Will there be a Boeing-Airbus hydrogen power race?


As Airbus unveiled three new aircraft studies whose primary fuel source would be hydrogen, one could expect Boeing to follow with a similar concept soon. Are we at the dawn of a technological race to the first hydrogen-powered airliner?

Airbus sets the date

It was actually Boeing that set the ball rolling. Back in 2008, the Theator Airplane, a 2-seat Diamond Aircraft Industries DA20 converted to run on a fuel cell by Boeing Research & Technology Europe, took off for a successful maiden test flight.

Twelve years later, France champions for Airbus to be the first manufacturer to commercialize a hydrogen-powered aircraft. The goal was revealed in June 2020, with an ambitious date set to 2035. 

A few months after the deadline was fixed, Airbus presented three “zero-emission” concepts: one conventional turbojet airliner, one regional turboprop, and one disruptive design using a “blended-wing body”.

With Airbus in the starting blocks, it appears likely that Boeing will answer, one way or another. “In order not to lose market share, particularly in the narrow-body segment, Boeing must now develop its own low emission offerings,” commented Harry Boneham, Aerospace and Defense Associate Analyst at GlobalData. “Ultimately, these developments are positive for the industry, pushing it in a direction which is sustainable and aligns with shifting passenger demand.”

But upscaling the current technology to an airliner is impossible. Hydrogen fuel cells do not have the sufficient energy density necessary to completely power a commercial aircraft on its own. 

Stocking the liquid hydrogen to fuel a gas-turbine engine is another massive challenge. It requires highly secured tanks and the feasibility of cryogenic storage at a temperature of -257 °C is still doubtful.

Among manufacturers, opinions are mixed

Reacting to the announcement of an injection of €7 billion into the hydrogen power sector by the French government in June 2020, Eric Trappier, CEO of Dassault Aviation and President of the French Aerospace Industries Association (GIFAS), said the deadline of 2035 was “ambitious but doable.” Guillaume Faury was even more enthusiastic. “We are absolutely convinced that it is feasible”, Airbus CEO said at the time.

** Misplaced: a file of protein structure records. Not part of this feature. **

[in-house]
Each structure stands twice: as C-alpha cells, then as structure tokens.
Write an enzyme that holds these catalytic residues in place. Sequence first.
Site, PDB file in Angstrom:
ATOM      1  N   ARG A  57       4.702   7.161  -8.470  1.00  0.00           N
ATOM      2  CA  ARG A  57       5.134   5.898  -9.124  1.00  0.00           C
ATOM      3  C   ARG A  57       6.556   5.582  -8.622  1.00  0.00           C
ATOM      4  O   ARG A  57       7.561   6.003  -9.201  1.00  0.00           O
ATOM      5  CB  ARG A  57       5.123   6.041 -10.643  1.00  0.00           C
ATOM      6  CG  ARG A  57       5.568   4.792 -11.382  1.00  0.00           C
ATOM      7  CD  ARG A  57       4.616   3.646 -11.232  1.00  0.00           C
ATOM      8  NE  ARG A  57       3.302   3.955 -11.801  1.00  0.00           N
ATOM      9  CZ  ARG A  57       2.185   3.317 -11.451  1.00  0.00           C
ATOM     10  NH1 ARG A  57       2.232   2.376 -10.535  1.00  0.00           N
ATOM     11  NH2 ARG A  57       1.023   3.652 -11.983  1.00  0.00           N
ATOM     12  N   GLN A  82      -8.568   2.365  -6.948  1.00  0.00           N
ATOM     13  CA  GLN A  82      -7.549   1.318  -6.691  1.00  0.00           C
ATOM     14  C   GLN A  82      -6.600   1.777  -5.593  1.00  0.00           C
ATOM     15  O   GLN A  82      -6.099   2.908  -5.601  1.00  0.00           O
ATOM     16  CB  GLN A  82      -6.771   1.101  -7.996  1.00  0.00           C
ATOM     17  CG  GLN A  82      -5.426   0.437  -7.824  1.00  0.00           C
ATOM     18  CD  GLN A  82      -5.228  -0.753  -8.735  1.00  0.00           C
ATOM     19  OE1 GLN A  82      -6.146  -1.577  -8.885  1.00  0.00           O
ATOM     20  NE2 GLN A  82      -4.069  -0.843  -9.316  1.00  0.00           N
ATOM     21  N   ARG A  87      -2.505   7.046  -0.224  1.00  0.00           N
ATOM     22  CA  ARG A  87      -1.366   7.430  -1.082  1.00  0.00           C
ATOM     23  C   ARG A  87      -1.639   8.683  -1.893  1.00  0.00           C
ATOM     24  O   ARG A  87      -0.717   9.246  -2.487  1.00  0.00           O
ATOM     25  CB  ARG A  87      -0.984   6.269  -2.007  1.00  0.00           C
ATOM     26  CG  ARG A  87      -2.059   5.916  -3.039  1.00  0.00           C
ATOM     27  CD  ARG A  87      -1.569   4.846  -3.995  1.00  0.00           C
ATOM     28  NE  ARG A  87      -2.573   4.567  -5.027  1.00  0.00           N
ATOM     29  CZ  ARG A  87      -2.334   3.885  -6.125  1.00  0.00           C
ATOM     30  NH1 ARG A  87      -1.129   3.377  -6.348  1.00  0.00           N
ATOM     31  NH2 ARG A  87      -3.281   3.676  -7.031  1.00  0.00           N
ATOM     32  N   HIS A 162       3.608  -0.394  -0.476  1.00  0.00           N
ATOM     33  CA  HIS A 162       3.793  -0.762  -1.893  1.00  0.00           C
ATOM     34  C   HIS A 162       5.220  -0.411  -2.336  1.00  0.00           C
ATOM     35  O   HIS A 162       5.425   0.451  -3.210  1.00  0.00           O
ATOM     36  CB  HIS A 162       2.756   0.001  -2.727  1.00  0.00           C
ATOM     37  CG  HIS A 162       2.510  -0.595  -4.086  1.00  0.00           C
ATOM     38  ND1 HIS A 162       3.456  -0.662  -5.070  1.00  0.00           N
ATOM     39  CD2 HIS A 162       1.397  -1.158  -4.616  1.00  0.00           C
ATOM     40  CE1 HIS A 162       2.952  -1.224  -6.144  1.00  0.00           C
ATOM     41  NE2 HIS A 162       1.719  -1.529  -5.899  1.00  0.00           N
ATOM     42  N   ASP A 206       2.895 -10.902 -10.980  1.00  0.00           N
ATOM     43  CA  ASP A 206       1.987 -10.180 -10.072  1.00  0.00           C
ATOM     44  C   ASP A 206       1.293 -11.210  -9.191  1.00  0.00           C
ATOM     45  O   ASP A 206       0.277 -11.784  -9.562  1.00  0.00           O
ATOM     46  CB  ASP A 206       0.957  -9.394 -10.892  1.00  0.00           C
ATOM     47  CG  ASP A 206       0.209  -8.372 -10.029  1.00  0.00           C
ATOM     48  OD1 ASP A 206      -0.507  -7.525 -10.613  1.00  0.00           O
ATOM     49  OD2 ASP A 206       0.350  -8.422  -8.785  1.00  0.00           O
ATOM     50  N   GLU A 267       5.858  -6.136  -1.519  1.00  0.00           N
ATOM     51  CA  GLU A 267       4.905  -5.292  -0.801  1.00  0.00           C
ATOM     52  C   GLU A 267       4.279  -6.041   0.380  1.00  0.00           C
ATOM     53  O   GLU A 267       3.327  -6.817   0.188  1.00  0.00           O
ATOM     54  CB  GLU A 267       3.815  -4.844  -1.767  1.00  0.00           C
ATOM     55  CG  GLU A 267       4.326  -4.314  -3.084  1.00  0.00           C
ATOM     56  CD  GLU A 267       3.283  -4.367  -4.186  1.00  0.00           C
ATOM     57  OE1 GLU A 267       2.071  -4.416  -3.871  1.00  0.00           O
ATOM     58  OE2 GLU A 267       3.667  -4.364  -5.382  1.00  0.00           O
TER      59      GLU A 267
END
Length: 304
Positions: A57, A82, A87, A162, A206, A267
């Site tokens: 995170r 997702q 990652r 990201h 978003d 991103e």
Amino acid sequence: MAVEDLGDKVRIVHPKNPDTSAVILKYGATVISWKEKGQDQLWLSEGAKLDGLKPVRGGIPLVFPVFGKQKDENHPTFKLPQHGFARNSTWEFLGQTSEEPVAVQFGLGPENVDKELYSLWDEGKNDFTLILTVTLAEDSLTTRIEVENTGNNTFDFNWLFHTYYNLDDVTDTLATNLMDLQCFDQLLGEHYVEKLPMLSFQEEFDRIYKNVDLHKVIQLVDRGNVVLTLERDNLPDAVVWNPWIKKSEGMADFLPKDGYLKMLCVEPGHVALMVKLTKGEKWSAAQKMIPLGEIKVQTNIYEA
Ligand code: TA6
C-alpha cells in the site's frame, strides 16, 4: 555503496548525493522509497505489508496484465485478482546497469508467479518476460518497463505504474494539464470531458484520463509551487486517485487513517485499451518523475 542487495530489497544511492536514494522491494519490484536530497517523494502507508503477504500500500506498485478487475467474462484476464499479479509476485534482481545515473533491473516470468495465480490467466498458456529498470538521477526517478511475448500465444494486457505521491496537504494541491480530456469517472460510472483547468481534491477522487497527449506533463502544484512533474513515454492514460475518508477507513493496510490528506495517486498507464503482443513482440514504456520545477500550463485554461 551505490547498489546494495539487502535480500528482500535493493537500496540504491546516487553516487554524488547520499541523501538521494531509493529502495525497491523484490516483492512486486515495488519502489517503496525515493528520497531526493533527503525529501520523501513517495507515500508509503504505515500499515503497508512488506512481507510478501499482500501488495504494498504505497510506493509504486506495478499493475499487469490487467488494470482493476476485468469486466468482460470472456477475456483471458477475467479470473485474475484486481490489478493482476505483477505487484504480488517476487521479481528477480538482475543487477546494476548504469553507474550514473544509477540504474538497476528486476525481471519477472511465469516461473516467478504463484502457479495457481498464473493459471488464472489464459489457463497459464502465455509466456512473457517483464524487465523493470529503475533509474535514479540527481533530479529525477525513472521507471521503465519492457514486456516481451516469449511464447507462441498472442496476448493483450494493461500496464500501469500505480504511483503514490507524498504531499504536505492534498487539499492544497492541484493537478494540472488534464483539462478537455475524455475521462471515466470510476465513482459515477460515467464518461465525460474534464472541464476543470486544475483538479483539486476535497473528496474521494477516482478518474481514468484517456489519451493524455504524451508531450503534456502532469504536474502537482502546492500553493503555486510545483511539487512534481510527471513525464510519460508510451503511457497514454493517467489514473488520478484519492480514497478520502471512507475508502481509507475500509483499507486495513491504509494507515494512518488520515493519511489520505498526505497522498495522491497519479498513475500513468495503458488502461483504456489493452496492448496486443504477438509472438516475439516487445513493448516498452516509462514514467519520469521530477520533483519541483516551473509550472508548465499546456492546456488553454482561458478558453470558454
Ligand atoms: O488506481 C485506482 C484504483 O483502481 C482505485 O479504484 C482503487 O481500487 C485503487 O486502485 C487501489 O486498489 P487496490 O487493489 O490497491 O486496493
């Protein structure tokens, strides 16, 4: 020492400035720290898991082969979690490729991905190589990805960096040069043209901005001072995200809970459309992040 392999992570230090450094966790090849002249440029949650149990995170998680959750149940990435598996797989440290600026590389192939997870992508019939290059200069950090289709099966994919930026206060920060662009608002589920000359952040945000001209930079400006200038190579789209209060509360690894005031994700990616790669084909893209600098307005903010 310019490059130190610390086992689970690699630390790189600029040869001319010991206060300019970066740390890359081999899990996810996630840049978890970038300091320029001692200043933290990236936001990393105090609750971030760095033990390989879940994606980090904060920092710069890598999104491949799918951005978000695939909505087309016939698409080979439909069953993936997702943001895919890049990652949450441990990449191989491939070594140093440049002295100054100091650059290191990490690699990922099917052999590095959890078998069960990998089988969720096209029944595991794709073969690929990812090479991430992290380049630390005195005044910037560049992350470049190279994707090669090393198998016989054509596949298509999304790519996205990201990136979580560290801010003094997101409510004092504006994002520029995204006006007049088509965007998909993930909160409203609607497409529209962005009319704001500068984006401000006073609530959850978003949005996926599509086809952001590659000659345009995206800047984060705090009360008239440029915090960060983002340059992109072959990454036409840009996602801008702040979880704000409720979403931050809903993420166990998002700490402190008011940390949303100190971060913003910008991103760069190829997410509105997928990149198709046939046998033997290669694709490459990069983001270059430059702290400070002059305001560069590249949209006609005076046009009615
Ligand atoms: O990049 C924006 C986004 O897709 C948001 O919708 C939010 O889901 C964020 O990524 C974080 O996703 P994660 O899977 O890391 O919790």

At the French aerospace manufacturer Safran, the tone is much more moderate. “It’s a very ambitious goal […] today, we don’t have all the technologies available to definitely say we will get there,” Philippe Petitcolin, CEO of the Safran group told Franceinfo. “To have a product that goes into service in 2035, we have to start working on the project in 2025-2027, it’s tomorrow, and it’s far too short.”

It does not mean that Safran neglects the solutions offered by hydrogen, however. Through its subsidiary Safran Power Units, the manufacturer has been working on using hydrogen fuel cells for non-propulsive energy, dedicated to onboard entertainment, catering, and usually supplied by the Auxiliary Power Unit (APU). 

This more pragmatic approach could eventually lead to power cells being used for more critical applications, such as the emergency power system if an engine was to fail, or even starting up a hybrid engine before flight. Both Boeing and Airbus have developed demonstrators for a fuel cell APU (on a Boeing 737 and an A320 respectively) in the 2000s.

Not what the market needs?

Additionally to the technological breakthrough required, another critical factor could get in the way of a hydrogen-powered aircraft ‒ money. Because of the coronavirus COVID-19 health crisis and its devastating effect on the air industry, R&D departments of most manufacturers have been subject to cuts in funding and workforce. 

Moreover, researches will likely refocus on short-term cost-cutting solutions for airlines than on long-term groundbreaking ambitions. The effect of that rationalization can already be seen. In April 2020, the E-Fan X project, a four-seat aircraft powered by electricity that had been studied by Airbus and the British engine maker Rolls-Royce, was canceled. 

In September 2020, it was the turn of Boeing’s urban air mobility division, NeXt, to halt operations. Steve Nordlund, who was leading the program, accurately summarized the current situation in a letter to his employees: “Organizations like these only have the privilege to exist when you have a healthy core business.” And with the crisis expected to last for another four years, it seems uncanny that the R&D budgets will pick up in time to meet the 2035 deadline.


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